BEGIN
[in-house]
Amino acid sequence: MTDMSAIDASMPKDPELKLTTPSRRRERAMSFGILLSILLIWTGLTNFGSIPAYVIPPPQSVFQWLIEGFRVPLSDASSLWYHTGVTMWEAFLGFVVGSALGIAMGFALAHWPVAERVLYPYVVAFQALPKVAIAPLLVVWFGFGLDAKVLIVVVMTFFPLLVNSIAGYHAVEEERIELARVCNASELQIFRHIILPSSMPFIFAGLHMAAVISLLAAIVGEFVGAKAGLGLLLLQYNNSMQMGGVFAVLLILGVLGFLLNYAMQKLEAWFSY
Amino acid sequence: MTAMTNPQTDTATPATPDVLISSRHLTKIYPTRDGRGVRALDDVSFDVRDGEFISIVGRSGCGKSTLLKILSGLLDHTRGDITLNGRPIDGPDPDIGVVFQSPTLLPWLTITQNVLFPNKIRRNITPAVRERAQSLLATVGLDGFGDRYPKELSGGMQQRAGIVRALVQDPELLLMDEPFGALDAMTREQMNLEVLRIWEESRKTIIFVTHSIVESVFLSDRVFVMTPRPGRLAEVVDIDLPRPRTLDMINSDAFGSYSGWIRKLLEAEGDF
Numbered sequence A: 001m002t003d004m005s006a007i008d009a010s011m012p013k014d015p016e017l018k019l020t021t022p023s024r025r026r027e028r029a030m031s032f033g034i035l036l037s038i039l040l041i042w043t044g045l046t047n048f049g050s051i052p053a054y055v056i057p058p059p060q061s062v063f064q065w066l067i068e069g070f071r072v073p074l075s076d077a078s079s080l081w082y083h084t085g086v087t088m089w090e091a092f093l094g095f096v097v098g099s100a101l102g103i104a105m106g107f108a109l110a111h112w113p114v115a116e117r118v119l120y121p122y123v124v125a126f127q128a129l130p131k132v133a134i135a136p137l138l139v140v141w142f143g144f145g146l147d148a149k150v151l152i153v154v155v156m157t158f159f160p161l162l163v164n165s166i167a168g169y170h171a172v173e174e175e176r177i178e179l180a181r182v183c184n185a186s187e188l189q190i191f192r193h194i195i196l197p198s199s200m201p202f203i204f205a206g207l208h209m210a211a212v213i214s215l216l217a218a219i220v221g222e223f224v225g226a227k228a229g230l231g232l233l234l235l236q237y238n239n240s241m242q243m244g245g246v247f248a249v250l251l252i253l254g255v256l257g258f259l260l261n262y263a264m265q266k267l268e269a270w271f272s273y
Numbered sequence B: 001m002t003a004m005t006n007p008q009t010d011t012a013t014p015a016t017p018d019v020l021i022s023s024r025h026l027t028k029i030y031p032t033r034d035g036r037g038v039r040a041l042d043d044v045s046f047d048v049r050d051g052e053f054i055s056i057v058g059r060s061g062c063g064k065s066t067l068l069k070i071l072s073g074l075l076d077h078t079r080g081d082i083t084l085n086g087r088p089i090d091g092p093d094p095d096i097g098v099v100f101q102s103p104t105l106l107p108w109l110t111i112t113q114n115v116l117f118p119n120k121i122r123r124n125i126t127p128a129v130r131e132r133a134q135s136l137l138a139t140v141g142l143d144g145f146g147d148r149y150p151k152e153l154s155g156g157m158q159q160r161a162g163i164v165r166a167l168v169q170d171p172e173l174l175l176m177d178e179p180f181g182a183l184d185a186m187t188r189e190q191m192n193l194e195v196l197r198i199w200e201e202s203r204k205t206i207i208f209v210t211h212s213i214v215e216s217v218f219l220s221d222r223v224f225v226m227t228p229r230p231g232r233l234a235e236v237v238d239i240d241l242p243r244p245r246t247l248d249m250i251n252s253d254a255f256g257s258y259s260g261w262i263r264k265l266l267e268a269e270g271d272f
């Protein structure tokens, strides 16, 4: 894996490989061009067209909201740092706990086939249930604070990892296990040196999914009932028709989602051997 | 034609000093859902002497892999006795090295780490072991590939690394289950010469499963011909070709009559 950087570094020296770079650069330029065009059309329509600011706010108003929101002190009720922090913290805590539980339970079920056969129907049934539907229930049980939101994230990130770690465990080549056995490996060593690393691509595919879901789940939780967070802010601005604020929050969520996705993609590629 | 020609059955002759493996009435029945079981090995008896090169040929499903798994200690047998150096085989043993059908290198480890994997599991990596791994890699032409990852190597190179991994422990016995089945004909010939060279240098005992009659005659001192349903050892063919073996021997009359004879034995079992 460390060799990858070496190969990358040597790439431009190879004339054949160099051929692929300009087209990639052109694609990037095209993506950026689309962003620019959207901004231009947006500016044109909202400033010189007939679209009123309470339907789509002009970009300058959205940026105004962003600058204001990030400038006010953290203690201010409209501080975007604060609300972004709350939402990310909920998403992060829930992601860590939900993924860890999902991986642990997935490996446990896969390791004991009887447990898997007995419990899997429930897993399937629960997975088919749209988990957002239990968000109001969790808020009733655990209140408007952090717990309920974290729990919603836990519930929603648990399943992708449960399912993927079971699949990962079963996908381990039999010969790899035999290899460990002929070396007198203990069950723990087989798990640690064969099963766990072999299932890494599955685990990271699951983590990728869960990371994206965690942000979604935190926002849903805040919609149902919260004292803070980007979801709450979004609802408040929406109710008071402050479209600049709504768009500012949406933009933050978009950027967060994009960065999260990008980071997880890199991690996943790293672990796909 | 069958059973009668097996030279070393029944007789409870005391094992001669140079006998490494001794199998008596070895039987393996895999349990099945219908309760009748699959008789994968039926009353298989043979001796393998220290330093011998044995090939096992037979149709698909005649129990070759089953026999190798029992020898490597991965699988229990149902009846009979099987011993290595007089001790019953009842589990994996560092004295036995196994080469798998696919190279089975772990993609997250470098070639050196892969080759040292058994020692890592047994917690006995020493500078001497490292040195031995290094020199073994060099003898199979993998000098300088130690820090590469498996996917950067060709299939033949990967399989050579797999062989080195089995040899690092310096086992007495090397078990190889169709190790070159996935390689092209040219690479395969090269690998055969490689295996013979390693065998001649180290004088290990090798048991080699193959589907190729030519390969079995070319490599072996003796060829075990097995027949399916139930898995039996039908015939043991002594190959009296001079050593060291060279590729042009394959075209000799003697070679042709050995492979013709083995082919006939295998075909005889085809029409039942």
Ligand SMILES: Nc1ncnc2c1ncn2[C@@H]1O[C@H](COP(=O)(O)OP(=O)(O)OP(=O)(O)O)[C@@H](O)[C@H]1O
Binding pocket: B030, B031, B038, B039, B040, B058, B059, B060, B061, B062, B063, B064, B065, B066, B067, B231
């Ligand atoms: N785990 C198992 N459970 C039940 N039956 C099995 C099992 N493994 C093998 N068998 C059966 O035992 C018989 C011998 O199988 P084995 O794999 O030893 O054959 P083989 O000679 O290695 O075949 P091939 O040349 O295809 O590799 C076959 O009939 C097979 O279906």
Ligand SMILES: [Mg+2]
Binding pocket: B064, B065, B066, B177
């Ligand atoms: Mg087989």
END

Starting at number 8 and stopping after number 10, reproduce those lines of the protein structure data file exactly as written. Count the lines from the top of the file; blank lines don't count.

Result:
Binding pocket: B030, B031, B038, B039, B040, B058, B059, B060, B061, B062, B063, B064, B065, B066, B067, B231
């Ligand atoms: N785990 C198992 N459970 C039940 N039956 C099995 C099992 N493994 C093998 N068998 C059966 O035992 C018989 C011998 O199988 P084995 O794999 O030893 O054959 P083989 O000679 O290695 O075949 P091939 O040349 O295809 O590799 C076959 O009939 C097979 O279906």
Ligand SMILES: [Mg+2]